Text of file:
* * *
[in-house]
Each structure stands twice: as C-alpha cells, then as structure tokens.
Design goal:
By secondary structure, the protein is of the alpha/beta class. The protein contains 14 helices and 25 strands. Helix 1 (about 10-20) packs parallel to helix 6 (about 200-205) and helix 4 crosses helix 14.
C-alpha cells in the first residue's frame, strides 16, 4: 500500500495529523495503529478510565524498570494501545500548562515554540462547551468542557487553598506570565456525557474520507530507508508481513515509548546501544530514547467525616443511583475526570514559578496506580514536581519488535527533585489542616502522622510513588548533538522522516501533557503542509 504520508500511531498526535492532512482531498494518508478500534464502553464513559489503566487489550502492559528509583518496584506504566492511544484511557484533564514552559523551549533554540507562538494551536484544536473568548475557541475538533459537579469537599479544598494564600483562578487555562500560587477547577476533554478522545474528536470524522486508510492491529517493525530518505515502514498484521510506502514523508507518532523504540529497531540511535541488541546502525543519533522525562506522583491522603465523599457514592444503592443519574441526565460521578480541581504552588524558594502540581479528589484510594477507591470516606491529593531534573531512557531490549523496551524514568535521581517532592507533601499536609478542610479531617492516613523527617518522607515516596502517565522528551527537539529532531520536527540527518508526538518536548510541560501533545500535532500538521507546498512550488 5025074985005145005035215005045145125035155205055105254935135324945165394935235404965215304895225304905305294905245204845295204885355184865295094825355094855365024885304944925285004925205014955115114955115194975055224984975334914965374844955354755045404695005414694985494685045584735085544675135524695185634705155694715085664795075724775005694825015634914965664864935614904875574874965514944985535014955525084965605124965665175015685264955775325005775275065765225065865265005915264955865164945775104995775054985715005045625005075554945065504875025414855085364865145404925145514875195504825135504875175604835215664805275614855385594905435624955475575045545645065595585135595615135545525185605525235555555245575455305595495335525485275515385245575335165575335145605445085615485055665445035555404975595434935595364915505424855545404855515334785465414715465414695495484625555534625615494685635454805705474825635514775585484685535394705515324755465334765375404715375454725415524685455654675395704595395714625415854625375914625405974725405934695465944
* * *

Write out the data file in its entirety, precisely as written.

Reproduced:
[in-house]
Each structure stands twice: as C-alpha cells, then as structure tokens.
Design goal:
By secondary structure, the protein is of the alpha/beta class. The protein contains 14 helices and 25 strands. Helix 1 (about 10-20) packs parallel to helix 6 (about 200-205) and helix 4 crosses helix 14.
C-alpha cells in the first residue's frame, strides 16, 4: 500500500495529523495503529478510565524498570494501545500548562515554540462547551468542557487553598506570565456525557474520507530507508508481513515509548546501544530514547467525616443511583475526570514559578496506580514536581519488535527533585489542616502522622510513588548533538522522516501533557503542509 504520508500511531498526535492532512482531498494518508478500534464502553464513559489503566487489550502492559528509583518496584506504566492511544484511557484533564514552559523551549533554540507562538494551536484544536473568548475557541475538533459537579469537599479544598494564600483562578487555562500560587477547577476533554478522545474528536470524522486508510492491529517493525530518505515502514498484521510506502514523508507518532523504540529497531540511535541488541546502525543519533522525562506522583491522603465523599457514592444503592443519574441526565460521578480541581504552588524558594502540581479528589484510594477507591470516606491529593531534573531512557531490549523496551524514568535521581517532592507533601499536609478542610479531617492516613523527617518522607515516596502517565522528551527537539529532531520536527540527518508526538518536548510541560501533545500535532500538521507546498512550488 5025074985005145005035215005045145125035155205055105254935135324945165394935235404965215304895225304905305294905245204845295204885355184865295094825355094855365024885304944925285004925205014955115114955115194975055224984975334914965374844955354755045404695005414694985494685045584735085544675135524695185634705155694715085664795075724775005694825015634914965664864935614904875574874965514944985535014955525084965605124965665175015685264955775325005775275065765225065865265005915264955865164945775104995775054985715005045625005075554945065504875025414855085364865145404925145514875195504825135504875175604835215664805275614855385594905435624955475575045545645065595585135595615135545525185605525235555555245575455305595495335525485275515385245575335165575335145605445085615485055665445035555404975595434935595364915505424855545404855515334785465414715465414695495484625555534625615494685635454805705474825635514775585484685535394705515324755465334765375404715375454725415524685455654675395704595395714625415854625375914625405974725405934695465944